The ‘Special’ tag is a reason to cheer


On the International Day of Persons with Disabilities, sheatwork takes time out to honour the specially-abled people

A big thums up to the specially-abled people on United Nations’ (UN) International Day of Persons with Disabilities, which fell on December 3. It is a good occasion to focus on issues that affect people with disabilities worldwide.

The International Day of Persons with Disabilities, observed globally re-affirms and draws attention to the rights of people who are specially-abled.

It goes back to 1976, when everything started.  That was when the United Nations General Assembly decided that 1981 should be the International Year of Disabled Persons. So, the United Nations Decade of Disabled Persons was held from 1983 to 1992 – to enable governments and organizations to implement measures to improve the life of disabled persons all over the world. On October 14, 1992, as this decade drew to a close, the UN General Assembly proclaimed December 3 as the International Day of Disabled Persons. It was on December 3, 1992 that this day was first observed. On December 18, 2007, the assembly changed the observance’s name from the “International Day of Disabled Persons” to the “International Day of Persons with Disabilities”. The new name was first used in 2008.

The aim of Disability Day is to encourage a better understanding of people affected by a disability, and help people know of the rights, dignity and welfare of disabled people, as well as raise awareness about the benefits of integrating disabled persons into every aspect of life, from economic, to political, to social and cultural. Each year the day is celebrated with an emphasis to  improving the lives of such people. In 2007,  the theme focused on: “Decent Work for Persons with Disabilities”. In 2013, last year, it was “Break Barriers, Open Doors: for an inclusive society and development for all”, a call to help disabled people live in an inclusive society in every country.

History has witnessed some of the most outstanding achievements by men and women. It takes a lot of courage and passion to achieve success, which is clear as you track such success stories.

Achievers – all in a different league

One outstanding person who has reached where few others can today, is Stephen Hawking, who suffers from ALS (Amyotrophic Lateral Sclerosis). A great thinker, he is known for A Brief History of Time and a host of other books.

One of the most beloved singers alive today, Stevie Wonder is a musician, singer and songwriter who was born blind. Considered a child prodigy, Stevie signed with his first record label at age 11, and went on to chart out a really successful music career. Having recorded more than 30 U.S. top ten hits, it includes his famous singles “Superstition,” “Sir Duke” and “I Just Called to Say I Love You.”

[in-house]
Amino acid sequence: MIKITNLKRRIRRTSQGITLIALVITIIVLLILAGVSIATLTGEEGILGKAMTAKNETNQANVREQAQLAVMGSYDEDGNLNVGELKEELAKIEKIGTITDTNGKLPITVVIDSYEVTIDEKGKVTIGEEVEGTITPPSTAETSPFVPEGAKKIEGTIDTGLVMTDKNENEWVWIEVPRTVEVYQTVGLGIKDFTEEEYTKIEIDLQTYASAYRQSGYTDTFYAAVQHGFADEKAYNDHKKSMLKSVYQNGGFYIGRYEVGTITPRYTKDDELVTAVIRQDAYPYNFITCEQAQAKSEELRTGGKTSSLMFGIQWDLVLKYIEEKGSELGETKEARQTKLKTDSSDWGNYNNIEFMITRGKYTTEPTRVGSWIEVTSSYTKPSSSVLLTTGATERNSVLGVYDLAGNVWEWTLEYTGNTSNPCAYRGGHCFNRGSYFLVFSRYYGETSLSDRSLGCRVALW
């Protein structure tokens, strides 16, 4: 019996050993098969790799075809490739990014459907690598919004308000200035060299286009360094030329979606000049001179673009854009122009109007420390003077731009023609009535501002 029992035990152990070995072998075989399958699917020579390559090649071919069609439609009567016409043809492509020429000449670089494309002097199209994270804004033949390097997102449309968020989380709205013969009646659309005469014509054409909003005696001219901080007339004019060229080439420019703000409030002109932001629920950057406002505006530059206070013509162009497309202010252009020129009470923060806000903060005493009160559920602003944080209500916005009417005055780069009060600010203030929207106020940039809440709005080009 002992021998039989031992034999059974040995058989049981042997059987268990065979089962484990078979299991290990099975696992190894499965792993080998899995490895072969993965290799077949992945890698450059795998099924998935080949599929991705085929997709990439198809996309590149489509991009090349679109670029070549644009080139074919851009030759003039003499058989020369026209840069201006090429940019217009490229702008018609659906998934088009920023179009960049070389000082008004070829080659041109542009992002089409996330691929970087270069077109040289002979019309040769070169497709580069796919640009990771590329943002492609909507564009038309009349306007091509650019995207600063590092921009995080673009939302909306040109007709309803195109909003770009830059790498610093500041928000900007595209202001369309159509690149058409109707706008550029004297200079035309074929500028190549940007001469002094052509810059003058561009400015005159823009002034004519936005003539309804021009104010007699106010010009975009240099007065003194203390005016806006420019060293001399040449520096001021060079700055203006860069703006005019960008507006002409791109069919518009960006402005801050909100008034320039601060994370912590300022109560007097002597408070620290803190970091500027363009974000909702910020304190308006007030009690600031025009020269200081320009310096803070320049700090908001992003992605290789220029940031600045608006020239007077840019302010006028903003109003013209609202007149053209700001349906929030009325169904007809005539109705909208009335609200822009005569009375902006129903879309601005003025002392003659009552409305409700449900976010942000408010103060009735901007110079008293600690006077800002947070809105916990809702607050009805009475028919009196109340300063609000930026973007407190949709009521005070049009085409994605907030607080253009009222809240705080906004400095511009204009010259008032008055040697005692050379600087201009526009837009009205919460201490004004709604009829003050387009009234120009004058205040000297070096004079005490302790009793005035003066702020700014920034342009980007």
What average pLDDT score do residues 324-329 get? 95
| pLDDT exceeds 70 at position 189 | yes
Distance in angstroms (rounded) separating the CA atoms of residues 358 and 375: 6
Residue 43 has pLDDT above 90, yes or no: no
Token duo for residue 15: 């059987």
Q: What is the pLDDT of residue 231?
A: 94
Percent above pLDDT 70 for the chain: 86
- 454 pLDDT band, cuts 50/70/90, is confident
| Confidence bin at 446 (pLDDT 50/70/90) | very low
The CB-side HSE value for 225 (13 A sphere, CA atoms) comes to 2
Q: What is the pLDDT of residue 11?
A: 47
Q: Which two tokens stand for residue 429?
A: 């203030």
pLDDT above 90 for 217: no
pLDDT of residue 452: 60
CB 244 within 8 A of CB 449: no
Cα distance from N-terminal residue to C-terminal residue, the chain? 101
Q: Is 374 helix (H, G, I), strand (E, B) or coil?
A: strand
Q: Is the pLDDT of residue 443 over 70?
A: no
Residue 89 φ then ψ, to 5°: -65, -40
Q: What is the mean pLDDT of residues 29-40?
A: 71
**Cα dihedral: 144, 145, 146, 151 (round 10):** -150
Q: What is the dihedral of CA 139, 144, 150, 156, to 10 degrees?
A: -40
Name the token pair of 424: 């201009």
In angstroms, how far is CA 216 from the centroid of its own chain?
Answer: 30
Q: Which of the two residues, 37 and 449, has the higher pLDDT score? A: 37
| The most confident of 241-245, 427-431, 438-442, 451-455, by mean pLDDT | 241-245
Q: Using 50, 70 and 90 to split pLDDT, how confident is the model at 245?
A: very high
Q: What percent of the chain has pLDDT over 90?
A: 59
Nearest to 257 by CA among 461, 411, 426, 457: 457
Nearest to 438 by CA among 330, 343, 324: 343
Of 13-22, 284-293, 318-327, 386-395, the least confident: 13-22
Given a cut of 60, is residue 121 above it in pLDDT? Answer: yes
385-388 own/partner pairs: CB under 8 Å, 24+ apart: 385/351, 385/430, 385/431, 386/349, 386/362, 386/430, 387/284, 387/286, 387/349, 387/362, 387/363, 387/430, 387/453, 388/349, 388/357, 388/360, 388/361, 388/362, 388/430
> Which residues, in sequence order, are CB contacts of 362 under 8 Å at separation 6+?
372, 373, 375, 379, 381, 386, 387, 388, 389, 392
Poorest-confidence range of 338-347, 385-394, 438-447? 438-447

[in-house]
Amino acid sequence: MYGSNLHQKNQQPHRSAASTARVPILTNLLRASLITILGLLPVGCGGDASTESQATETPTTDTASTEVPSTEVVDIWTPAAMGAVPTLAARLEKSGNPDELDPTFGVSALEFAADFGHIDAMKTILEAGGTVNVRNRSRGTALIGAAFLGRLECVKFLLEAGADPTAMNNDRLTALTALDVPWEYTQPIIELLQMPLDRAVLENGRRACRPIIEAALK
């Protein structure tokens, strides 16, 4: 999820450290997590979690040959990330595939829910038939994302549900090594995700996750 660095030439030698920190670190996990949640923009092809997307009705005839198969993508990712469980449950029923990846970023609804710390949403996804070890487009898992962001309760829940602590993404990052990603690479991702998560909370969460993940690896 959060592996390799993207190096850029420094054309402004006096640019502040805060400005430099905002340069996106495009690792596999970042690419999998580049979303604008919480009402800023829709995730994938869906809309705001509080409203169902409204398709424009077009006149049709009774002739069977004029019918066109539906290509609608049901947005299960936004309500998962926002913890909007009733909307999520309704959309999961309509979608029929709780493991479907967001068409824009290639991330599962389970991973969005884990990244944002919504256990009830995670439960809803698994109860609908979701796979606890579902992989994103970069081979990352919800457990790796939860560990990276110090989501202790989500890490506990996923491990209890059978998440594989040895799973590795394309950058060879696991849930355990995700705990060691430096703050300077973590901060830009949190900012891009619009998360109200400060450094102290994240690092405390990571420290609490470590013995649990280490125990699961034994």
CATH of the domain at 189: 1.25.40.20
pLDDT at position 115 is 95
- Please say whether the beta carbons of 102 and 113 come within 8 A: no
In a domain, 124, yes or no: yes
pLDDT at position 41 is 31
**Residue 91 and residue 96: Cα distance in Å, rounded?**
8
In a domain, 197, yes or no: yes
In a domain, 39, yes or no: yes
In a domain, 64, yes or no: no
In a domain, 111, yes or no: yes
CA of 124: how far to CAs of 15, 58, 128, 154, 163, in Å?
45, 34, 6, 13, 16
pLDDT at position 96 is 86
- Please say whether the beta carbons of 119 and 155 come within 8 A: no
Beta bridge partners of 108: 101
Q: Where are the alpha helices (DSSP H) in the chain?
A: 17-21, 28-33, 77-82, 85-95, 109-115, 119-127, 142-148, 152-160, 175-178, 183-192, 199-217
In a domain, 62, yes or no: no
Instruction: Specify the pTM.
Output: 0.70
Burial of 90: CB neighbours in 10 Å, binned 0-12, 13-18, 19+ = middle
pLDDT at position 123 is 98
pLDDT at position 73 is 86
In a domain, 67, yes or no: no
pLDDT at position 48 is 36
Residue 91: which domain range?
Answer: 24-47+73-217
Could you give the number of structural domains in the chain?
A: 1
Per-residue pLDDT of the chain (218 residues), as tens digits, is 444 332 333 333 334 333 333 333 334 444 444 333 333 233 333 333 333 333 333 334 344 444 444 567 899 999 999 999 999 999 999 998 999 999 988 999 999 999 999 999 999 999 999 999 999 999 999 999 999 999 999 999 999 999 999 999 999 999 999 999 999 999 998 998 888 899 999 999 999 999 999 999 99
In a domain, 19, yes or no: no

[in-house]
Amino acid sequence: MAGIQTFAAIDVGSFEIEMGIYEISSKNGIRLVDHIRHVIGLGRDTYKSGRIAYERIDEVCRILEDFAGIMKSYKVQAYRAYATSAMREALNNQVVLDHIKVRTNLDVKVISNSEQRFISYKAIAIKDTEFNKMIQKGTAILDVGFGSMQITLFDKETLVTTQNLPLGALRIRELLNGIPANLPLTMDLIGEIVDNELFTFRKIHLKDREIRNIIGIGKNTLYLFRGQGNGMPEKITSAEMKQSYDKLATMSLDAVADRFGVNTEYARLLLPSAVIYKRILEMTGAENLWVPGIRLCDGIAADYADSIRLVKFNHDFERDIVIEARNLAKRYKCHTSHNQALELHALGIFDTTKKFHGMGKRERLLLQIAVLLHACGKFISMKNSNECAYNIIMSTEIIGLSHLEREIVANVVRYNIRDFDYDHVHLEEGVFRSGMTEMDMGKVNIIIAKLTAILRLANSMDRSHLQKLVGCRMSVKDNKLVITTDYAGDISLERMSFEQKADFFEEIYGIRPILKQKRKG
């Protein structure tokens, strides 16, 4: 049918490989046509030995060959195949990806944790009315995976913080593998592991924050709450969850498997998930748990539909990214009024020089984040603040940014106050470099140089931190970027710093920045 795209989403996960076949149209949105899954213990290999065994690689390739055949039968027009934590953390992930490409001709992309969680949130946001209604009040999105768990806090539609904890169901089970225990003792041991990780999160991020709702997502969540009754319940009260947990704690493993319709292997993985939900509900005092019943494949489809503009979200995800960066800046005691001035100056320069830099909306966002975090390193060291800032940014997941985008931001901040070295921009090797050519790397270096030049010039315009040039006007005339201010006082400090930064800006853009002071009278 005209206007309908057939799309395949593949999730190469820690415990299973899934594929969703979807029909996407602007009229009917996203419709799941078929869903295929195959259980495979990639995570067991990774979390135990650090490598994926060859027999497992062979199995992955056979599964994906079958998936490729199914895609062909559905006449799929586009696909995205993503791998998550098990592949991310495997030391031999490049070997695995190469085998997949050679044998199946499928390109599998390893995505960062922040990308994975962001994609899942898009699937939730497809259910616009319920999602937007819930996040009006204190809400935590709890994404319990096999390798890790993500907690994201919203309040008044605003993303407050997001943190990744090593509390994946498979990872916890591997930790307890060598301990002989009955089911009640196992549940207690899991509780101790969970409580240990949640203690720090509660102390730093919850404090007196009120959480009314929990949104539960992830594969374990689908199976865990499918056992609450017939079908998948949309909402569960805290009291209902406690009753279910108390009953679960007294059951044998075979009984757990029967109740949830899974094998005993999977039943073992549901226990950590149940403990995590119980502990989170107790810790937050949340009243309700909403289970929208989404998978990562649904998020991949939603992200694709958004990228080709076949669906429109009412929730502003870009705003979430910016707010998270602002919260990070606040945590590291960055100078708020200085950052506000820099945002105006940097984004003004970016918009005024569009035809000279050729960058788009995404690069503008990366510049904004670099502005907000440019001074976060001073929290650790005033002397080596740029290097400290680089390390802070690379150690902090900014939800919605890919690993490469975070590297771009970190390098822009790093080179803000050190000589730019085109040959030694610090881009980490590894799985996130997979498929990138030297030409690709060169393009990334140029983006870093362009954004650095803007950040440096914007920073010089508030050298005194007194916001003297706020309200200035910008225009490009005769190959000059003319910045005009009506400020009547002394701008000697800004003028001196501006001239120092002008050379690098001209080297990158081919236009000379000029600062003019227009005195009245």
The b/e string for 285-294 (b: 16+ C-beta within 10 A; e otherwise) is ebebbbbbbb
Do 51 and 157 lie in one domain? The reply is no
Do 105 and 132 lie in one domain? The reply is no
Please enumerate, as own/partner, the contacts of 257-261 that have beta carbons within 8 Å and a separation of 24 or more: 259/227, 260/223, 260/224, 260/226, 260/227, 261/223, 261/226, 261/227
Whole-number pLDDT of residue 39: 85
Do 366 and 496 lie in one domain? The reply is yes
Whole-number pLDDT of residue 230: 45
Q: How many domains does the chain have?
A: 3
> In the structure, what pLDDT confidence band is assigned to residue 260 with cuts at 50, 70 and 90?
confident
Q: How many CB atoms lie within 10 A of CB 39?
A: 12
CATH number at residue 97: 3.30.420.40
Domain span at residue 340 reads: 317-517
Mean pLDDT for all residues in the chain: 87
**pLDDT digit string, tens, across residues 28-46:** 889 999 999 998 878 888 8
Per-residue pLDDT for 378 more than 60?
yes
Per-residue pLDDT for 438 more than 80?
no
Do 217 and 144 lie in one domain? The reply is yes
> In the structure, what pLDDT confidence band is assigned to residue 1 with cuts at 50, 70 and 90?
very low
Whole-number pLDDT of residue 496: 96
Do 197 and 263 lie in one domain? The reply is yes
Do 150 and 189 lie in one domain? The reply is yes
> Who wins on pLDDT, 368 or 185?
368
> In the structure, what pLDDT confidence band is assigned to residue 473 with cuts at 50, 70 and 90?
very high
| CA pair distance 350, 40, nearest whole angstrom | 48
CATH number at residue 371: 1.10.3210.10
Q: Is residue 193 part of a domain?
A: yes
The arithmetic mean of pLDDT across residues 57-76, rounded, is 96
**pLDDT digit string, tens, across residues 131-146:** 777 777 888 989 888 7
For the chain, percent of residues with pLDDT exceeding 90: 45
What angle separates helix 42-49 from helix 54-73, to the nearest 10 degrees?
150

Then there is Marlee Matlin, an Academy Award and the Golden Globe winning actress for her leading role in Children of a Lesser God (1986). She is one of the most successful actresses, who is deaf. Since receiving her Oscar, Marlee has been a character on many TV shows and has appeared on reality shows such as The Apprentice and Dancing with the Stars.

Frida Kahlo comes to mind here. Injured in a trolley accident when she was a teenager, which led to a broken back that would never fully heal 100 percent, Mexican artist Frida Kahlo is one of the most well-known artists with disabilities of the 20th century. Frida is most known for her self-portraits, many which portrayed her in her wheelchair. While her high-porfile relationship with another famous Mexican artist Diego Rivera is another aspect of her life, she will always be known for her fierce spirit of survival through artistic expression.

Another towering personality is Helen Keller, the American author, political activist and lecturer who was the first deaf and blind person to earn a college degree. Her story was famously portrayed in the play and film, The Miracle Worker, which documented how her teacher Anne Sullivan was finally able to develop a language that Helen could understand. Her books total 12 published works, including her spiritual autobiography, My Religion. She was also a member of the Socialist Party in America, and campaigned heavily for women’s rights and other labor rights.

Closer home, an outstanding Indian achiever is Sudha Chandran. She is one of the most well-known dancers and TV actresses in India despite having lost a leg in 1981, after a car accident. She is an accomplished Bharatanatyam dancer, and she was able to teach herself how to dance using a prosthetic “Japir foot,” enabling her to become one of the most highly acclaimed dancers in the world. A Bollywood film, Mayuri, was also made about her life. We can also see her in many TV serials.

It takes a very special strength to reach the heights these people have. Achieving greatness is never easy, especially in the face of disability. In fact, they make it look so easy, that they can be forever termed – the specially-abled superstars!

So, at the end of the day, there’s nothing that can stop anyone, if they have the talent and the sheer determination to stand and fight – till they touch glory. A big salute to the specially-abled achievers! May your tribe grow and be unputdownable…

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